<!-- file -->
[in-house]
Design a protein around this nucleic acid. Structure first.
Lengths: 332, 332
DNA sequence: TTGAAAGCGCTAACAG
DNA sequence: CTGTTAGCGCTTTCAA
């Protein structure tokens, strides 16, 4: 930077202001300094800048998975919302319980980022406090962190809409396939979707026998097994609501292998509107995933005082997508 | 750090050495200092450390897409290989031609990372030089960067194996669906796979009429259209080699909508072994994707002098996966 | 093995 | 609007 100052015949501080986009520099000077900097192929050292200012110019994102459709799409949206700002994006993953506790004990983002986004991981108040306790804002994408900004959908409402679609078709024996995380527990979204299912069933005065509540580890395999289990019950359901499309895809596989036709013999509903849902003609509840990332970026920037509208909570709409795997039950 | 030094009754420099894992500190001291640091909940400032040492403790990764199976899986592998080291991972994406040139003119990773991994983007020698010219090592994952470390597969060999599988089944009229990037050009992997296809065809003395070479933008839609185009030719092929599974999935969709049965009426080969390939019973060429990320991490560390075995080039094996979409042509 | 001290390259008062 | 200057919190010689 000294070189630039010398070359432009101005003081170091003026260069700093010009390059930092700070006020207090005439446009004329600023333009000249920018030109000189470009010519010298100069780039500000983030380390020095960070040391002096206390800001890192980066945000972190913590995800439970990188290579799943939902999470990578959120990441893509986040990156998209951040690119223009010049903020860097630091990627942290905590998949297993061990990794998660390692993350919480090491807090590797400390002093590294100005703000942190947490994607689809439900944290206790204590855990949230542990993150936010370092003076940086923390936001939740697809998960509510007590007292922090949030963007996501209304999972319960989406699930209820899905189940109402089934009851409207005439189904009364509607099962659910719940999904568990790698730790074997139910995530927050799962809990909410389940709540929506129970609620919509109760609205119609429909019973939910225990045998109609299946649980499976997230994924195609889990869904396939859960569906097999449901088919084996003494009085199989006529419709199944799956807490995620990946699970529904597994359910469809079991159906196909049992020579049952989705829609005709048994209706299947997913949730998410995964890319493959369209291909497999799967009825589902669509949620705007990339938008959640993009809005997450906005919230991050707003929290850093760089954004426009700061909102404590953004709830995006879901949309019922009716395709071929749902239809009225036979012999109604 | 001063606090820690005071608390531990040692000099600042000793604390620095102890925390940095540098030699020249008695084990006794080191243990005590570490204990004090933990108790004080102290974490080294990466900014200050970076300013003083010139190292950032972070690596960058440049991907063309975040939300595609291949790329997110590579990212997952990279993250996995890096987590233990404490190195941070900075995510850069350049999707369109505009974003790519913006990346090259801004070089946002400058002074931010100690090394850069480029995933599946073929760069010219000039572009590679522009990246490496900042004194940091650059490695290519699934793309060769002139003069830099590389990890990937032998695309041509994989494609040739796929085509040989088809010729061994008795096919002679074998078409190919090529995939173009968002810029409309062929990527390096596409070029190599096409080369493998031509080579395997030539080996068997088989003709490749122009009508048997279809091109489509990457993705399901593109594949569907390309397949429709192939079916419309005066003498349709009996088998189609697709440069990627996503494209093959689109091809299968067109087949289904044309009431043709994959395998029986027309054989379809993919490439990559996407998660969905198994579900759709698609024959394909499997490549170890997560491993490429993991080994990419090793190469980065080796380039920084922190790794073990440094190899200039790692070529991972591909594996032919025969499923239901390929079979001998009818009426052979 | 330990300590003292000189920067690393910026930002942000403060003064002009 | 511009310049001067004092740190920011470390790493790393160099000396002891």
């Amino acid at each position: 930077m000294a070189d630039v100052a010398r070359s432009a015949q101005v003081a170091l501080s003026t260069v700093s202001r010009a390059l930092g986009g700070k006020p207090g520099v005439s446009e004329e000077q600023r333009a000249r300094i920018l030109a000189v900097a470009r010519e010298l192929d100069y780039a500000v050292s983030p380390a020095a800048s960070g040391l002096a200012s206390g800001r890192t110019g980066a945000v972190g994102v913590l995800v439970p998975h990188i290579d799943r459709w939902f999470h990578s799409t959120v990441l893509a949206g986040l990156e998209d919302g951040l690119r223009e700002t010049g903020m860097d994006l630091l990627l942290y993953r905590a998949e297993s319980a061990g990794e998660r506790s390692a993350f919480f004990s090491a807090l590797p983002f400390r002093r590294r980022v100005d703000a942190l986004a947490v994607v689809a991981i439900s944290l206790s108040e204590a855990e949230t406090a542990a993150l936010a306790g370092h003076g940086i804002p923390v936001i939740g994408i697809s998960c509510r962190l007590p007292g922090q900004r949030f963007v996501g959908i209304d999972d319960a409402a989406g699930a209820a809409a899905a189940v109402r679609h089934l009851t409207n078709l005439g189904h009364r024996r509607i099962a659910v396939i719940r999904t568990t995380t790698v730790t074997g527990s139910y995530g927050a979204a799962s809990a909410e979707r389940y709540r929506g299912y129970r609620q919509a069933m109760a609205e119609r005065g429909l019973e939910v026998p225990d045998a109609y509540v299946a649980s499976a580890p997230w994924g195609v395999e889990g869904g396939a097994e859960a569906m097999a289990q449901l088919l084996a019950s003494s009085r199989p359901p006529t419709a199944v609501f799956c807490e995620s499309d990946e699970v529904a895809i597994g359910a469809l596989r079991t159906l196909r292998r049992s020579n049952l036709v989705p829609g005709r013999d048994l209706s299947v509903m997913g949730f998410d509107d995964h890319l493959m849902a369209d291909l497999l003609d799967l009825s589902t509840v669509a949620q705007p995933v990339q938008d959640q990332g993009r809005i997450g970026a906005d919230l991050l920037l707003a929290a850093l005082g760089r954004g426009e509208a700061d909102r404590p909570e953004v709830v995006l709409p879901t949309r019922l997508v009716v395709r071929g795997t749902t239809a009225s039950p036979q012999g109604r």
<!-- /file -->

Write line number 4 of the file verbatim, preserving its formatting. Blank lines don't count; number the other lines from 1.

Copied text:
DNA sequence: TTGAAAGCGCTAACAG